Picture this: You're the richest person in Russia with a personal fortune over $15 billion dollars. One day you wake up feeling pretty good about life, the very next day, you wake up in a Siberian prison. You stay in that prison, not for a week, or a few months. You rot away there for the next 10 years. During that horrible decade, your wealth evaporates into the hands of your arch enemy. Sound too unbelievable to be a true story? It almost sounds like a really bad nightmare. Well, unfortunately this is exactly what happened to former Russian business tycoon Mikhail Khodorkovsky. His only crime? He dared to be a capitalist and was a vocal critic of Vladimir Putin. Let's take a look at how this nightmare went down.
Mikhail Khodorkovsky was born on June 26, 1963 in Moscow. He grew up in a typically Soviet family of the era. His parents were engineers and his family had a two room apartment. As a young man, Khodorkovsky's ambition was evident. He excelled in school, where he was the deputy head of the Communist Youth League and ran a computer import business under the wing of the party's youth movement in the 1980s. In 1986 he graduated from the Mendeleev Moscow Institute of Chemistry and Technology with a degree in chemical engineering. He was primed and ready for the collapse of the Soviet Union, as his involvement in the Communist Youth League (called the Komsomol) enabled him to exploit a loophole in Soviet law that allowed these organizations to convert administrative currency units, called beznalichny rubles, into cash, called nalichny rubles. This is one of the purest examples of emerging capitalism in Russia, a country who has been hostile to the idea of capitalism for seven decades.
When former Soviet Prime Minister Mikhail Gorbachev introduced perestroika and glasnost in 1986, it was designed reduce the state's role in the economy as quickly as possible and to create a class of capitalists who would support continued economic reform. Khodorkovsky, with his cash reserves from before the collapse, was among those early capitalists to benefit from the privatization of government functions and assets. Once perestroika started Khodorkovsky used his connections within the structure of the Communist party to forge a foothold in the emerging free market. He started his very capitalistic business under the cover of the Komsomol.
Khodorkovsky opened his first business in 1986, a café. This was wholly possible because of perestroika and glastnost, not to mention the cash reserves that Khodorkovsky had been accumulating. In 1987, four years before the fall of the Soviet Union. Khodorkovsky along with his partners, founded one of the first banks of the post –Soviet ear – Menatep. The bank expanded rapidly, funding the successful import-export business that Khodorkovsky had also started in the meantime. In an eerily prophetic statement at the time, Khodorkovsky said:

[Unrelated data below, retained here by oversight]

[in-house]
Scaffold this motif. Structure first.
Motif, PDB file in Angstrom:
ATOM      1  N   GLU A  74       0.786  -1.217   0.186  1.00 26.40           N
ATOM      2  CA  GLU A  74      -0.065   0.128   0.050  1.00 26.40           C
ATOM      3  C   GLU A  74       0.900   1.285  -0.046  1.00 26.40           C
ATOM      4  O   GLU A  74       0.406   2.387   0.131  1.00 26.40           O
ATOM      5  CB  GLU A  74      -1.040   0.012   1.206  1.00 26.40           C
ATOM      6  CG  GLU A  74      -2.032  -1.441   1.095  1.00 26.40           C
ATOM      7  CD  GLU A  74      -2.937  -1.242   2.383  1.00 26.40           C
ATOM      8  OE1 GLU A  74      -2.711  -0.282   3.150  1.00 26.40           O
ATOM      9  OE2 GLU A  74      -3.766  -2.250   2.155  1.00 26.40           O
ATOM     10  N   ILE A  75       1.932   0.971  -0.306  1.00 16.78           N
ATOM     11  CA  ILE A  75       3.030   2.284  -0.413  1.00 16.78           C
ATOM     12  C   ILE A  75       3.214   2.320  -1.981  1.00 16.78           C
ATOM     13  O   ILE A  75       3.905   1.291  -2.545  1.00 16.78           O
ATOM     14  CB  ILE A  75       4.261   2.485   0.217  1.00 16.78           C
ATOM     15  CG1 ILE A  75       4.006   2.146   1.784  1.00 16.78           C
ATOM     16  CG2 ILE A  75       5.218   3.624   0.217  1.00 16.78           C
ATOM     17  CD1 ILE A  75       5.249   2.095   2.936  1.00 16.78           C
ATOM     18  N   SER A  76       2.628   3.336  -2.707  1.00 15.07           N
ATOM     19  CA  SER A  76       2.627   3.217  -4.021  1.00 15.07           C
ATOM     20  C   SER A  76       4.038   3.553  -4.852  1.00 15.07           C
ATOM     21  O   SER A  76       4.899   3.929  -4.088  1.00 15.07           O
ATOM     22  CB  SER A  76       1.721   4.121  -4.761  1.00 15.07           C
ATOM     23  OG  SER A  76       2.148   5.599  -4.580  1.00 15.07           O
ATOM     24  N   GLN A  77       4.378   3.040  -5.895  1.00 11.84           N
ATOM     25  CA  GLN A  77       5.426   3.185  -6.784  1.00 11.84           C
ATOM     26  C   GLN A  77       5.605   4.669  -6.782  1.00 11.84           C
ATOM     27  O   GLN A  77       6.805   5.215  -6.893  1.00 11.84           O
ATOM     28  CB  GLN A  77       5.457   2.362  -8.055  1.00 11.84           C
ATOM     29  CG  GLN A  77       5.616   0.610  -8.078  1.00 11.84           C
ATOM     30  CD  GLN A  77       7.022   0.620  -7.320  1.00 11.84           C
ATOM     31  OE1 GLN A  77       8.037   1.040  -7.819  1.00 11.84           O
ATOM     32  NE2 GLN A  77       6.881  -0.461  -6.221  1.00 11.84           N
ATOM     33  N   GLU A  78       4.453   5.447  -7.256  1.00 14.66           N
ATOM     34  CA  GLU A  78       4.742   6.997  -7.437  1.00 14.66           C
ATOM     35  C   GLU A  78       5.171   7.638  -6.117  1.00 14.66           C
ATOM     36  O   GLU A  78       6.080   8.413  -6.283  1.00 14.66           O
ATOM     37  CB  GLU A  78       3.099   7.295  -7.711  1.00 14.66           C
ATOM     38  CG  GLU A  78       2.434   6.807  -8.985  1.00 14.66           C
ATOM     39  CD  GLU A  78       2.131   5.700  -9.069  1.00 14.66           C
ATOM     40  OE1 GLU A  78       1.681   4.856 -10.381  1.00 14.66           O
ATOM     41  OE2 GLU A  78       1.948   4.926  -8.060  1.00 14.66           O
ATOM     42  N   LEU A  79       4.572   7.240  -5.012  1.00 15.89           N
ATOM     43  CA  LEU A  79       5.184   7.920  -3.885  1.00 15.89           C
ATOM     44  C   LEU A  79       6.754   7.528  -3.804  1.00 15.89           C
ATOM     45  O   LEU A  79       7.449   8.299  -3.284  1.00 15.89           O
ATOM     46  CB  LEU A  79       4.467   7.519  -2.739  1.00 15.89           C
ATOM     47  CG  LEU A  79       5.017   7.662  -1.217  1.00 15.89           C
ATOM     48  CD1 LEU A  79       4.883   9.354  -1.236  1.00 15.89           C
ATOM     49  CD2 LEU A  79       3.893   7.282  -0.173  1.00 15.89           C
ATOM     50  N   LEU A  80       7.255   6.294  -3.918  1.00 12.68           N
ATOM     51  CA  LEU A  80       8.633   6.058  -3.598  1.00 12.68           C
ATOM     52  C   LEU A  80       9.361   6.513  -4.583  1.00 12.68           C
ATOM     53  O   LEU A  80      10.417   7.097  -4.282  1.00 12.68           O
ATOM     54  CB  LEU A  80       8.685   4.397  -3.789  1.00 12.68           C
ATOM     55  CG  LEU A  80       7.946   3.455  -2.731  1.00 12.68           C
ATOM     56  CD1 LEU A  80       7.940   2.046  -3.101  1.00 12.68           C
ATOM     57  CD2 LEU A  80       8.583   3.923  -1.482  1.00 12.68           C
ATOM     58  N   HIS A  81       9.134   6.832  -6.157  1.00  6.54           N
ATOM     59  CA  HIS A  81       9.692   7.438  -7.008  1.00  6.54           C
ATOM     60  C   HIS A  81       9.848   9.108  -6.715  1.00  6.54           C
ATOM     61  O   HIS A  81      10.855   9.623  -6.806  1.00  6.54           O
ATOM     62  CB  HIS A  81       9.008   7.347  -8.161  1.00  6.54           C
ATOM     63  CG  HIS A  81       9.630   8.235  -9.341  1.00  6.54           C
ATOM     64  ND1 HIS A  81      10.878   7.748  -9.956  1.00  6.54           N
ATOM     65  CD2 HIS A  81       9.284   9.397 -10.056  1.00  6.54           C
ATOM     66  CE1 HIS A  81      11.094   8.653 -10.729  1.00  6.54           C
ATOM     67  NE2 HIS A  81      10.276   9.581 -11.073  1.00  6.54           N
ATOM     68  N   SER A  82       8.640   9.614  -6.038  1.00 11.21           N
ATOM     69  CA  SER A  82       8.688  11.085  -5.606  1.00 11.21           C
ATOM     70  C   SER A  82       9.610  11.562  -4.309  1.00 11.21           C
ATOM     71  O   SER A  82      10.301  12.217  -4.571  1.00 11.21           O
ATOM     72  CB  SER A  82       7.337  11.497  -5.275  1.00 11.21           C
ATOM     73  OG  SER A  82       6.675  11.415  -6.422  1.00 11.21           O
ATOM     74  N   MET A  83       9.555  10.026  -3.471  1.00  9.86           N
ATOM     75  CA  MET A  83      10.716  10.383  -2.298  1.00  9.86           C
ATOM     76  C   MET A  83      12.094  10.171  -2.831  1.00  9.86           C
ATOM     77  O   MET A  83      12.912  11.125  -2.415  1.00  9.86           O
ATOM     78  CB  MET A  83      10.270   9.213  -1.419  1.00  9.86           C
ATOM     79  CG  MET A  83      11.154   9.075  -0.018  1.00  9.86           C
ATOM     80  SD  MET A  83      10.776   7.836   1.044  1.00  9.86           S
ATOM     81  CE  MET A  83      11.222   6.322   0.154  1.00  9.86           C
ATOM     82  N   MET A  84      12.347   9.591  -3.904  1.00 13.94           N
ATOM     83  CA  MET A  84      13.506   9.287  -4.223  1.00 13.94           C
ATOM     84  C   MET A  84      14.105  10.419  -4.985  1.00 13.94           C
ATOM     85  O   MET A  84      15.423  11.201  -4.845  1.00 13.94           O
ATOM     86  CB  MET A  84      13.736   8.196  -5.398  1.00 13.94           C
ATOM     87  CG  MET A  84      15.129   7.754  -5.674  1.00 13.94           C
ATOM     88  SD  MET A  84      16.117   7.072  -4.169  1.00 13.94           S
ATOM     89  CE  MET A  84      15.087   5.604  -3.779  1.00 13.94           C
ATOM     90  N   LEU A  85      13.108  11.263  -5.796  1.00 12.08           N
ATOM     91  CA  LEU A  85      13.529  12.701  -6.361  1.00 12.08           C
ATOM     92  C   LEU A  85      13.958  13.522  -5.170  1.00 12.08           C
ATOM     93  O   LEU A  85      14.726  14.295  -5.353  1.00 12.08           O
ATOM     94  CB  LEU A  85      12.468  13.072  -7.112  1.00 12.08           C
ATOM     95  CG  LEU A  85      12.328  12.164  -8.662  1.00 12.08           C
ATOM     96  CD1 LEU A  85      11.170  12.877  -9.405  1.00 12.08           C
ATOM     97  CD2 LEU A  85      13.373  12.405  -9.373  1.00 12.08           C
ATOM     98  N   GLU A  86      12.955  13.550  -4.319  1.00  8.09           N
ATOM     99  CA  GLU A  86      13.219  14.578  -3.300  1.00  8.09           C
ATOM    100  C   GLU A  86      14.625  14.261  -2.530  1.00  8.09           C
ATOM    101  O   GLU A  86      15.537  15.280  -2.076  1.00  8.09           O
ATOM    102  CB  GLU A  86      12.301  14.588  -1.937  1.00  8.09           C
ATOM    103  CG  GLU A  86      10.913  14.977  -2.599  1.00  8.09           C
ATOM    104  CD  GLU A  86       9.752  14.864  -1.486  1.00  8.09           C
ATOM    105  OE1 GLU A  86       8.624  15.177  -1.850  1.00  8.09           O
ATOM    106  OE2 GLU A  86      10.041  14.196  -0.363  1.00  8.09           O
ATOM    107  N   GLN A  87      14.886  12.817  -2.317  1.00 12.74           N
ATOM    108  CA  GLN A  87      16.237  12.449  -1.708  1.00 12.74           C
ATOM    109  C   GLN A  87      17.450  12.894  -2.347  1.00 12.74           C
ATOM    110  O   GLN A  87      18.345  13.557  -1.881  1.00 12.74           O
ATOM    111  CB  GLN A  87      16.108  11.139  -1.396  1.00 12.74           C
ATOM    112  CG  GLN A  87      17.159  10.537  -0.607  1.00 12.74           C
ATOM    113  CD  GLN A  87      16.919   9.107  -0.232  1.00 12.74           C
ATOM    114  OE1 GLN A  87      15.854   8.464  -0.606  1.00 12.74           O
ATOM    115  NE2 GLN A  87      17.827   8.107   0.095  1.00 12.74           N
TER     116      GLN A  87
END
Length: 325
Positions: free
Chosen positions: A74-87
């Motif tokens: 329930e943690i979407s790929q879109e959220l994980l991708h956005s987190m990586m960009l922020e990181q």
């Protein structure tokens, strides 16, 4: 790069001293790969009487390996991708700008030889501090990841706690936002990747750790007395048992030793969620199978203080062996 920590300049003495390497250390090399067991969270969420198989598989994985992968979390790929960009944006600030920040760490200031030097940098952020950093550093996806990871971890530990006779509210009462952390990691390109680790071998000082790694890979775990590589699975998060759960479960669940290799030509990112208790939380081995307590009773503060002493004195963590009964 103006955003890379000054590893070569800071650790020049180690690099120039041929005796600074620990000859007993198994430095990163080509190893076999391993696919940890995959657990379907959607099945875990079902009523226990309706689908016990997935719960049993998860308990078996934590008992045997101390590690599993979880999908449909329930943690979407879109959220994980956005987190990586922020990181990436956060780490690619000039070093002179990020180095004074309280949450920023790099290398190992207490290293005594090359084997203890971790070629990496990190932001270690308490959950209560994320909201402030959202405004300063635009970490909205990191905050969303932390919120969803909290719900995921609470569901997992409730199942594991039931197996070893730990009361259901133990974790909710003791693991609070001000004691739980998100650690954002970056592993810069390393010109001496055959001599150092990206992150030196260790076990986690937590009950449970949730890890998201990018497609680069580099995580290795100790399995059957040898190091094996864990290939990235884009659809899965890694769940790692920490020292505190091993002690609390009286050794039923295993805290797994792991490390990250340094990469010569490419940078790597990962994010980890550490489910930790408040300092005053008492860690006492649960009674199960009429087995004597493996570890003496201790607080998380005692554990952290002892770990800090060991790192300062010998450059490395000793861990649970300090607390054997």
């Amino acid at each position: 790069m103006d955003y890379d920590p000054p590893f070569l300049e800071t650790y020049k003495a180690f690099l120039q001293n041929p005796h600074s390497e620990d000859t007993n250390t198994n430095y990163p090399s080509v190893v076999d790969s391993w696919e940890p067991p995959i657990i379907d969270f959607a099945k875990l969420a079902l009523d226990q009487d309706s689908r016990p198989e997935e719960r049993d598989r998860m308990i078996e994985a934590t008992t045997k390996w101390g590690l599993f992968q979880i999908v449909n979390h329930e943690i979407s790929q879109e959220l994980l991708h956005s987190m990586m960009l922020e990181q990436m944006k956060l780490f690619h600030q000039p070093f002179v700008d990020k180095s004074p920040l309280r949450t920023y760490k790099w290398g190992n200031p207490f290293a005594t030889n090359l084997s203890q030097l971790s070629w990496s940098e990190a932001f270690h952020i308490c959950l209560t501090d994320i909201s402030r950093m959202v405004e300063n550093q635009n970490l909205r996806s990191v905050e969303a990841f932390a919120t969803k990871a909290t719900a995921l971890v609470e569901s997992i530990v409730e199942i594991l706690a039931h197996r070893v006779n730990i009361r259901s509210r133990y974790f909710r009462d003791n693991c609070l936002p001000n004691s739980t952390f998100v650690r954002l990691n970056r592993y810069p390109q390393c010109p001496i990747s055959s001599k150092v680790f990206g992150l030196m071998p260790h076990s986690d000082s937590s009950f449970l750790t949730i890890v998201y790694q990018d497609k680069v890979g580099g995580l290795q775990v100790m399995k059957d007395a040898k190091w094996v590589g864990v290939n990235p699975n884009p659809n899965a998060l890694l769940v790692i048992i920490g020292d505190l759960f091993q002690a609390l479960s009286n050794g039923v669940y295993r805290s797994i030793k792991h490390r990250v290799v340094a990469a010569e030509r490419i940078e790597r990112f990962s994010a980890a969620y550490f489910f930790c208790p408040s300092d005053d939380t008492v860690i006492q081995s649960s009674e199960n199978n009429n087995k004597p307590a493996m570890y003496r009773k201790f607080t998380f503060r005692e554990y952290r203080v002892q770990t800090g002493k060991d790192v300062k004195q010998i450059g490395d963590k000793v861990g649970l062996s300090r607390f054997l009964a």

"Many years later I talked with people and asked them, why didn't you start doing the same thing? Why didn't you go into it? Because any head of an institute had more possibilities than I had, by an order of magnitude. They explained that they had all gone through the period when the same system was allowed. And then, at best, people were unable to succeed in their career and, at worst, found themselves in jail. They were all sure that would be the case this time, and that is why they did not go into it. And I" —Khodorkovsky lets out a big, broad laugh at the memory — "I did not remember this! I was too young! And I went for it."
Khodorkovsky made his first millions in the early 1990s when his bank was able to acquire an enormous amount of shares in businesses and companies that were being offered for bargain prices during the process of privatization.
We should stop for a moment and mention that the free-market economy in Russia was not hugely popular with the people. Many were left severely impoverished when the draconian Soviet government programs were ended and did not have the means or ambition to go out and create a new life for themselves and their families. Khodorkovsky and other oligarchs of his ilk were never all that popular amongst the Russian people. He is a figure that perhaps only Western economies can relate to. Part sheer ambition to have a better life than his parents, part corporate raider- he is possibly one of the best examples of capitalism Russia has to offer. Khodorkovsky absolutely thrived under the leadership of Boris Yeltsin.